First, we found that in adulthood, initiation of regular cigarette use and quantity of use were both highly heritable traits with no evidence of shared environmental effects. Our estimates of heritability (79% and 74%) are toward the upper range of those previously reported (Li et al., Reference Li, Cheng, Ma and Swan2003; Sullivan & Kendler, Reference Sullivan and Kendler1999) and our lack of evidence for shared environmental effects is somewhat unusual. However, in the 17 twin studies of smoking initiation in adults reviewed by Sullivan and Kendler (Reference Sullivan and Kendler1999), 4 studies found estimates of heritabilities of >70% and 3 reported estimates of c2 < 10%. In the presence of substantial genetic effects, our sample is not well-powered to detect small shared environmental influences (Neale et al., Reference Neale, Eaves and Kendler1994).
Second, the pattern of results for snus initiation and frequency of use differed meaningfully from that found for cigarettes in the Norwegian population. Heritability estimates for snus were lower, and unlike for cigarettes, there was clear evidence for shared environmental effects. These findings are broadly replicated by the one previous twin study of multiple forms of tobacco use performed in Virginia where estimates of shared environmental effects were lower for cigarettes than those found for all the other forms of tobacco, including cigars, pipes, dips and chewing tobacco (Schmitt et al., Reference Schmitt, Prescott, Gardner, Neale and Kendler2005). One plausible explanation for these findings is that the universal availability and widespread use of cigarettes reduces familial-environmental influences on its use, while for the rarer forms of tobacco, within-family social learning effects (Bandura, Reference Bandura1986) play a stronger role in decisions to initiate use.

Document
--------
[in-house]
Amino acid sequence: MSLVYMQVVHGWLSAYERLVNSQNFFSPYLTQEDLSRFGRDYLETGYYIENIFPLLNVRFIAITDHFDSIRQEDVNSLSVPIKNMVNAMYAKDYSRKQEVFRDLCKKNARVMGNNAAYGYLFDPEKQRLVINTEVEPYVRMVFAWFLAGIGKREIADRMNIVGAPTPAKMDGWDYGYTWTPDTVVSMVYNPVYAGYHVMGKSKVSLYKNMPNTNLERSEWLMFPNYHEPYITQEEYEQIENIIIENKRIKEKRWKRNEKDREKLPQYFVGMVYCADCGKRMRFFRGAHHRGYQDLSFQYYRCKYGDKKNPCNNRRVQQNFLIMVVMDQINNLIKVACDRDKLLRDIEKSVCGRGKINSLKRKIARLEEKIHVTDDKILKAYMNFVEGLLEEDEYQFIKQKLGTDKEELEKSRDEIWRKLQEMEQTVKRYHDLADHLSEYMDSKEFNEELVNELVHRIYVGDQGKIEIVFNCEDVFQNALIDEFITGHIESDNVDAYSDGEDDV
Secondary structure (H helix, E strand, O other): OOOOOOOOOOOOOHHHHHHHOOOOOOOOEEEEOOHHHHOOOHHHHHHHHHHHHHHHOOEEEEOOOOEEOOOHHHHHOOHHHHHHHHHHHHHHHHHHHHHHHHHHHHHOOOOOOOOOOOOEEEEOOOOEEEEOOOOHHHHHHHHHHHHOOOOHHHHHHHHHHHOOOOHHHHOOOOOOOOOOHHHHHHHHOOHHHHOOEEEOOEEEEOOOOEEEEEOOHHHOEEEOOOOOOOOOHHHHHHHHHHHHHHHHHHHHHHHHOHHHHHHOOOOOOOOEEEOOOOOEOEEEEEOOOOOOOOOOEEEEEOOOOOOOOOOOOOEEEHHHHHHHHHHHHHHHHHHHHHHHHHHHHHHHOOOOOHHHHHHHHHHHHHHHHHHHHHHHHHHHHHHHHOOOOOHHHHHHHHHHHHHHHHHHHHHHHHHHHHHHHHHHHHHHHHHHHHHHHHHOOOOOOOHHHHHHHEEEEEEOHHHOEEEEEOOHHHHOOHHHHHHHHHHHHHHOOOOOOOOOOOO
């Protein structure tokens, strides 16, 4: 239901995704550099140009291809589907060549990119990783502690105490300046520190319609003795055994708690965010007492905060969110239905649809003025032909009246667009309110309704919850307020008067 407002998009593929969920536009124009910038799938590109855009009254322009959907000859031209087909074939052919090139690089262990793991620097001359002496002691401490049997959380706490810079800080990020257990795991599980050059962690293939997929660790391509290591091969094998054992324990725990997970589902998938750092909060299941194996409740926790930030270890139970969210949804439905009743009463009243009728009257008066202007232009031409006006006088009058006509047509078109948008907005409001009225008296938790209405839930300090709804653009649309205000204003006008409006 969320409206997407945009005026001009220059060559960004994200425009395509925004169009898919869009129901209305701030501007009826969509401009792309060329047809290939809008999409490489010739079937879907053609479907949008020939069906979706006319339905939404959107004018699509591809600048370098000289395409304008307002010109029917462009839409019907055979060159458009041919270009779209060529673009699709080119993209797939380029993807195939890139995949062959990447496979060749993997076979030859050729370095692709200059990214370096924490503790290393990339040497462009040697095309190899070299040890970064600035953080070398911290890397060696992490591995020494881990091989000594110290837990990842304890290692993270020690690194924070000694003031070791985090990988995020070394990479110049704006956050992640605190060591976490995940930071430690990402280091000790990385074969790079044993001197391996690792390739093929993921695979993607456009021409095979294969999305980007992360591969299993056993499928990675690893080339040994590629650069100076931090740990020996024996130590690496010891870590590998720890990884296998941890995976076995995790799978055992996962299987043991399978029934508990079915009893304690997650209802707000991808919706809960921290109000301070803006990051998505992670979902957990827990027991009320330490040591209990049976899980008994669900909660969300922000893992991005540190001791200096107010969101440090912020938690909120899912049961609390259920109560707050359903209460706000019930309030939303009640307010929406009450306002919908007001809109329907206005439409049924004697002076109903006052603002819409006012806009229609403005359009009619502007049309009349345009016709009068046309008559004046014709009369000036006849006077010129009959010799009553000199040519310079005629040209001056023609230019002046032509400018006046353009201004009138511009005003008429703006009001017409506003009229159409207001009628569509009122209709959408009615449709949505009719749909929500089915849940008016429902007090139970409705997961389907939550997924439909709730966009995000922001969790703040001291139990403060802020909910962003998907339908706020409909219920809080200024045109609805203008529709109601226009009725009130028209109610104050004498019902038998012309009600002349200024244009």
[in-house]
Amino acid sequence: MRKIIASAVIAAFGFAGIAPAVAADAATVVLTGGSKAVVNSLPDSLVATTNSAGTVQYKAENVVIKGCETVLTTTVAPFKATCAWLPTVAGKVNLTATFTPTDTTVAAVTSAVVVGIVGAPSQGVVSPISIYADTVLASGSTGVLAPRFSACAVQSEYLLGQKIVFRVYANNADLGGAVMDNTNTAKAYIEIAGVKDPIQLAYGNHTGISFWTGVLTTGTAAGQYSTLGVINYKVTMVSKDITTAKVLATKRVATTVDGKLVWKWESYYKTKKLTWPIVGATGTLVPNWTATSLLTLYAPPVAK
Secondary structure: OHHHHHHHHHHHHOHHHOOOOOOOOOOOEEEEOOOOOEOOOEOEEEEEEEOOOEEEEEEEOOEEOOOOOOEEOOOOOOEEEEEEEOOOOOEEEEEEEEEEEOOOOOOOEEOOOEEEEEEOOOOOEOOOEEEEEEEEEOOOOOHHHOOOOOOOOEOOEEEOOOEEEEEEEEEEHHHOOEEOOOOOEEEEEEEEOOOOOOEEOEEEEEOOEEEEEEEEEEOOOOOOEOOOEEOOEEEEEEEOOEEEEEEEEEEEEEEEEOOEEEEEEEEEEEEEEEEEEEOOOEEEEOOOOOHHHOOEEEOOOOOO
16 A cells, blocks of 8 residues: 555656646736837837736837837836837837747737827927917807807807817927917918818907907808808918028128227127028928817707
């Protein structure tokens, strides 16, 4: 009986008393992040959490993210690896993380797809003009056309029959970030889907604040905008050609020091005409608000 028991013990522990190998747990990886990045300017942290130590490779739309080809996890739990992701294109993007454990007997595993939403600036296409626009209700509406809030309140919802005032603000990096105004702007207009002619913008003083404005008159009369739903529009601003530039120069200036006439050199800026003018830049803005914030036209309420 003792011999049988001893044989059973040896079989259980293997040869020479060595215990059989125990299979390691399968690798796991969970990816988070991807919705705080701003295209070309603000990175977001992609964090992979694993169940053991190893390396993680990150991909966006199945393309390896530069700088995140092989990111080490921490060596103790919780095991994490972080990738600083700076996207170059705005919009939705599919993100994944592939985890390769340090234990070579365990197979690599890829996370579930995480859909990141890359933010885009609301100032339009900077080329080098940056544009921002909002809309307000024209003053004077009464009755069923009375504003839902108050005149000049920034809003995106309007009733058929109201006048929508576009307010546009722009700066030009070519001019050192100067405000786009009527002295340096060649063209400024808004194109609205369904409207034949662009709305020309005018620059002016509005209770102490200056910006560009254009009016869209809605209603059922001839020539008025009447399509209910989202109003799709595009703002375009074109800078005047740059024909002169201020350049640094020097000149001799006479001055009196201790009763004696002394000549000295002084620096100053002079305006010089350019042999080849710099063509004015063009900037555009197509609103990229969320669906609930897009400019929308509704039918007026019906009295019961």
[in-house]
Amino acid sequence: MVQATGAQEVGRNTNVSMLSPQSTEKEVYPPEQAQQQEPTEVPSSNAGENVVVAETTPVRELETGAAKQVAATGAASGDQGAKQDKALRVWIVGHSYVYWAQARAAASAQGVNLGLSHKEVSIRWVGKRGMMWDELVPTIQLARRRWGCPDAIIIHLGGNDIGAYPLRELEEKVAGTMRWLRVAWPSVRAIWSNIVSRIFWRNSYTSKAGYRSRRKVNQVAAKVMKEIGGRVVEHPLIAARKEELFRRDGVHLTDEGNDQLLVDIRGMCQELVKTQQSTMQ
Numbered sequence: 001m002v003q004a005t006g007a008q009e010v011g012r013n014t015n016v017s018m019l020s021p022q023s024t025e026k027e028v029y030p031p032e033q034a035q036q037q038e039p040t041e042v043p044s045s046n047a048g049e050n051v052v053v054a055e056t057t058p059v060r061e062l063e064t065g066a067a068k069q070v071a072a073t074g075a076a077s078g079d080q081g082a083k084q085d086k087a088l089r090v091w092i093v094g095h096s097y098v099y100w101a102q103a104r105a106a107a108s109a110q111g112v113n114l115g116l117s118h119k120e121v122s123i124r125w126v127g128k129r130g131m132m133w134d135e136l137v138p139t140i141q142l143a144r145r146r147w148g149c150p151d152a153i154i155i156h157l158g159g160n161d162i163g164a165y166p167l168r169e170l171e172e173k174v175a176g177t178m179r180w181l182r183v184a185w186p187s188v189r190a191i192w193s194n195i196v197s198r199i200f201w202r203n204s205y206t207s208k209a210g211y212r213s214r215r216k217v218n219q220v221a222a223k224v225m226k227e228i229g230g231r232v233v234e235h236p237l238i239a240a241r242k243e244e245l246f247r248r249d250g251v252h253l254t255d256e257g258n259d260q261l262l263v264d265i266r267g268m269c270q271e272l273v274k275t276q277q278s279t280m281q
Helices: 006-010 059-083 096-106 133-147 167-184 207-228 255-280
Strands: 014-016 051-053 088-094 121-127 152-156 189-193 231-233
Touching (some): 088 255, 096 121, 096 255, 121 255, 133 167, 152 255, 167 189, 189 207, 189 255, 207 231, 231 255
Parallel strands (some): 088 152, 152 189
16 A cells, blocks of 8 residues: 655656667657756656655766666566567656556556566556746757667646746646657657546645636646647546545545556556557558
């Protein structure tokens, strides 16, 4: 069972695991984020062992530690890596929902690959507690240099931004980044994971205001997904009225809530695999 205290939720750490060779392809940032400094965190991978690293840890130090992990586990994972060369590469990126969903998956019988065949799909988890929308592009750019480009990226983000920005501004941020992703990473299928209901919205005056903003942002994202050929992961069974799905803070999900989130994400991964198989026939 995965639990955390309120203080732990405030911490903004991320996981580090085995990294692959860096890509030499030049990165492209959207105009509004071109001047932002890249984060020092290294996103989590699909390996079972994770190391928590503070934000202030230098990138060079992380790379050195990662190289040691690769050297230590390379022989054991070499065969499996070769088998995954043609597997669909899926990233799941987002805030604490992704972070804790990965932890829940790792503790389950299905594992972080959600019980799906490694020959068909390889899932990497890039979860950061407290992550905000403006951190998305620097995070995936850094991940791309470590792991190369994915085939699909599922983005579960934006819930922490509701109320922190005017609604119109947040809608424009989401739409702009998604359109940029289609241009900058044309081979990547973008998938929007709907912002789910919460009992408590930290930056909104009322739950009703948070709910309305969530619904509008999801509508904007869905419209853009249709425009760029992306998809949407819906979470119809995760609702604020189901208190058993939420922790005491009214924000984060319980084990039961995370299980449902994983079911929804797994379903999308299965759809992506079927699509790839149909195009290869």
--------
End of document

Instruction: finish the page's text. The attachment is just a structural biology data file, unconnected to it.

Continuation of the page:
Third, we examined, using bivariate Cholesky decomposition, the nature of the sharing of genetic and familial-environmental risk factors for cigarette and snus initiation and quantity of use. The interpretation of these results is somewhat more problematic than those for the univariate analyses. We present results both from the ACE and AE models that tell rather different stories about the causes of resemblance for cigarette and snus use. The slightly better-fitting AE models suggest that genetic effects were the sole source of familial effects specific to snus initiation and quantity of use. By contrast, the ACE models suggest that the bulk of familial effects specific to snus was environmental in origin, with a modest contribution of genetic effects.
Although not fitting quite as well, we favor results from the ACE model for three reasons. First, when power in twin analyses is low, as it is in this case with our modest sample size, Sullivan and Eaves (Reference Sullivan and Eaves2002) have convincingly argued that results from the full model are likely to be more accurate than those for the best-fit model. Second, this is particularly true when trying to estimate accurately the shared environmental contribution in the presence of robust genetic effects, which can be done with high confidence only in quite large twin samples (Neale et al., Reference Neale, Eaves and Kendler1994). Third, both an examination of the twin correlations and the univariate analyses provide rather convincing evidence for shared environmental effects for snus initiation and quantity of use. This makes suspect a bivariate model which, despite its good statistical fit, sets these effects to zero.